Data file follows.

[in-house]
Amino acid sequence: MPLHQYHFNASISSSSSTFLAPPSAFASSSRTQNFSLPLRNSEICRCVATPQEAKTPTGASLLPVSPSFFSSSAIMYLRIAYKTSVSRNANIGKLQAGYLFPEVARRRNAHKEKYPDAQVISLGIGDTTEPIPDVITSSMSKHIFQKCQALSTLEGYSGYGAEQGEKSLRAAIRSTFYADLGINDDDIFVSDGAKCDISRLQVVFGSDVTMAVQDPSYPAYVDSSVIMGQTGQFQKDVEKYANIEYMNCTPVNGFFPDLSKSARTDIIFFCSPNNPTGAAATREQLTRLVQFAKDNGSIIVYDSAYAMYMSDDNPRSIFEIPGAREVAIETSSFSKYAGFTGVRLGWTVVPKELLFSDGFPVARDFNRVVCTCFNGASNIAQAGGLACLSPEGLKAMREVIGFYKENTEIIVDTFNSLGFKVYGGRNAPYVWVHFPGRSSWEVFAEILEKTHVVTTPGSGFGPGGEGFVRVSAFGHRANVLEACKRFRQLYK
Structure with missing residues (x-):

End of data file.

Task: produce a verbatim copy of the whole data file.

[in-house]
Amino acid sequence: MPLHQYHFNASISSSSSTFLAPPSAFASSSRTQNFSLPLRNSEICRCVATPQEAKTPTGASLLPVSPSFFSSSAIMYLRIAYKTSVSRNANIGKLQAGYLFPEVARRRNAHKEKYPDAQVISLGIGDTTEPIPDVITSSMSKHIFQKCQALSTLEGYSGYGAEQGEKSLRAAIRSTFYADLGINDDDIFVSDGAKCDISRLQVVFGSDVTMAVQDPSYPAYVDSSVIMGQTGQFQKDVEKYANIEYMNCTPVNGFFPDLSKSARTDIIFFCSPNNPTGAAATREQLTRLVQFAKDNGSIIVYDSAYAMYMSDDNPRSIFEIPGAREVAIETSSFSKYAGFTGVRLGWTVVPKELLFSDGFPVARDFNRVVCTCFNGASNIAQAGGLACLSPEGLKAMREVIGFYKENTEIIVDTFNSLGFKVYGGRNAPYVWVHFPGRSSWEVFAEILEKTHVVTTPGSGFGPGGEGFVRVSAFGHRANVLEACKRFRQLYK
Structure with missing residues (x-):